Many people have heard about acupuncture, but few think of it as an option for treating their pets. Acupuncture has been used for many years to help treat both humans and pets in some ways that modern western medicine may not.  At times, the combination of eastern and western medicine is used to provide a well- rounded care plan that treats pet conditions from different angles. Dr. Pattie is a Certified Veterinary Acupuncturist (CVA) and works with clients and patients to come up with the best treatment plan for each individual case.

All patients at Aldie Vet are initially seen by one of our doctors for a thorough history and physical exam.  Recommendations will be made about various tests or procedures depending on the source and severity of the patient’s condition.  In other words, we would always pursue a conventional “Western” diagnosis.

However, in some cases we cannot find an underlying cause for illness, traditional medications are insufficient to resolve a chronic problem, there are adverse effects when using indicated medications, or finally the cost for pursuing the underlying diagnosis is prohibitive.  These are the cases which can benefit the most from holistic approaches.  It is important to realize the best results often come from an integrative approach between Western and Eastern modalities.

Today, the most frequent reasons for acupuncture referral among veterinarians are:

  • Musculoskeletal problems: back pain, arthritis/degenerative joint disease, muscle soreness
  • Neurological disorders: weakness and paralysis resulting from intervertebral disk trauma, spinal or nerve problems
  • Gastrointestinal conditions: diarrhea, vomiting, constipation, ulcers, inflammatory bowel disease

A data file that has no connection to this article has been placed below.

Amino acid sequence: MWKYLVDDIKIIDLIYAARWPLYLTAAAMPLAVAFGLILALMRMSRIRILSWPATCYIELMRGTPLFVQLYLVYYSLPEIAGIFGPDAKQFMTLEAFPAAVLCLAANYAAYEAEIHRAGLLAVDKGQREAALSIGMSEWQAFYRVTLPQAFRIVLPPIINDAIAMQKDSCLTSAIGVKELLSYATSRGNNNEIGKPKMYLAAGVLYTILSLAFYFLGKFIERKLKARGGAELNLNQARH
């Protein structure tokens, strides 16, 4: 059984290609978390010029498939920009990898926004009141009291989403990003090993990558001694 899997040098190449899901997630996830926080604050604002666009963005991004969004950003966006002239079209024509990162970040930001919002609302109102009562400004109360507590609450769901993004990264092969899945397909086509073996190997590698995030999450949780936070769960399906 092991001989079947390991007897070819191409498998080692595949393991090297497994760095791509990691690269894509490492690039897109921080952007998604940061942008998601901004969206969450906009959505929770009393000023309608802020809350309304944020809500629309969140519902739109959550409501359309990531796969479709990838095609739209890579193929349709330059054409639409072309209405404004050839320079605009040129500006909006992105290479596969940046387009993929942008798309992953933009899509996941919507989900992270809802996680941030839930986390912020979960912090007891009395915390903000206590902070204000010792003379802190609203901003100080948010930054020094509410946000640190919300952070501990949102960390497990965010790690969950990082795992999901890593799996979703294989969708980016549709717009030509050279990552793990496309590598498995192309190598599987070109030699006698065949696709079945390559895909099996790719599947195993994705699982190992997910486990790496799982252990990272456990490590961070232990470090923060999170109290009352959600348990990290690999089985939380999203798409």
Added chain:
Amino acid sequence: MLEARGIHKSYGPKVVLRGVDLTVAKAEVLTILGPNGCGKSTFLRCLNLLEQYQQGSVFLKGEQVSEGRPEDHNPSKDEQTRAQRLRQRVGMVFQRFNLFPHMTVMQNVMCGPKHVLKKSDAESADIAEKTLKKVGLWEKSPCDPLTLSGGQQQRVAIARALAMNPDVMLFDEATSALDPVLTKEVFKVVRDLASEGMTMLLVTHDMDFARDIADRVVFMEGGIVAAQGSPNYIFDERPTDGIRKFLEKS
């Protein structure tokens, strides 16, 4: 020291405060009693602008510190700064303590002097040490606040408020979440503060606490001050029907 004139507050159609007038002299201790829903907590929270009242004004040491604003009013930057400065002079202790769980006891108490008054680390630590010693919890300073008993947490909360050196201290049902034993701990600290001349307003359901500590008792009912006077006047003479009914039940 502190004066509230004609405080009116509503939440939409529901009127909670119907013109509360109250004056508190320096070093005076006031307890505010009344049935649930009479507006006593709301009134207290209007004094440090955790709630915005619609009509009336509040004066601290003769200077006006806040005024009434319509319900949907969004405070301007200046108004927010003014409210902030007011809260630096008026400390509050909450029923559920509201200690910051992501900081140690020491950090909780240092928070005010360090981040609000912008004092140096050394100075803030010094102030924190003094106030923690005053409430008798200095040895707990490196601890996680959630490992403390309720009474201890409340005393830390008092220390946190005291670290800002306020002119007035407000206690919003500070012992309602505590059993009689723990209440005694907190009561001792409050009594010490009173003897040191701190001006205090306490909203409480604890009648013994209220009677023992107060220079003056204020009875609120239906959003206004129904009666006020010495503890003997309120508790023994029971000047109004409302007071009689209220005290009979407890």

• Other chronic conditions not responding to conventional therapy, including (but by no means limited to): skin allergies and dermatitis, lick granulomas, epilepsy, respiratory conditions, hormonal imbalances, infertility, internal organ dysfunction
  • Prevention of disease and promotion of well-being, geriatric support, and performance enhancement.

Dr. Pattie will typically see patients for acupuncture with an initial workup as an hour-long appointment, which includes the first treatment.  This initial appointment is followed by a commitment to at least 3-5 once-weekly treatments which are 30-40 minutes long.  A single treatment may be enough for an acute condition.  A series of 3-10 treatments can resolve many chronic problems.  Some degenerative conditions may continue to need repeated treatments over time.  All acupuncture appointments are best seen on an outpatient basis with no other tests/grooming/etc. that same day.

If you are not sure if acupuncture is right for your pet, you can also schedule an abbreviated acupuncture consultation with Dr. Pattie to discuss the case, your goals, and suspected outcome specific to your pet.  If you decide to come back for the treatment series the cost of the consult will be deducted from the initial workup fee.

FAQ:

  1. What is acupuncture?   The insertion of very fine needles into specific predetermined points on the body to produce physiologic responses. Modern research shows that acupoints are located where there is a high density of nerves, immune cells, and small blood and lymphatic vessels.  As more studies are conducted, the mechanism of this ancient therapy will be better understood.
  2. Does it hurt?  95% of animal patients are comfortable with acupuncture therapy.  Some animals will even fall asleep during treatment.
  3. Is it safe? Acupuncture is very safe when administered by a qualified and certified practitioner.  There are also no negative side effects unlike many Western drugs.
  4. How do you know where to put the needles?  The points used vary according to the condition being treated.  Each point has specific actions when stimulated. When points are used in combination with other points, the results may be tailored to the specific problems being addressed.
  5. Are there other holistic modalities besides acupuncture?  Herbs, chiropractic, massage, diet, homeopathy, and various other forms of complementary medicine are available to veterinary patients.  Dr. Pattie is currently pursuing certification in herbology, but there are many other holistic veterinarians in our area whom we can refer to if indicated.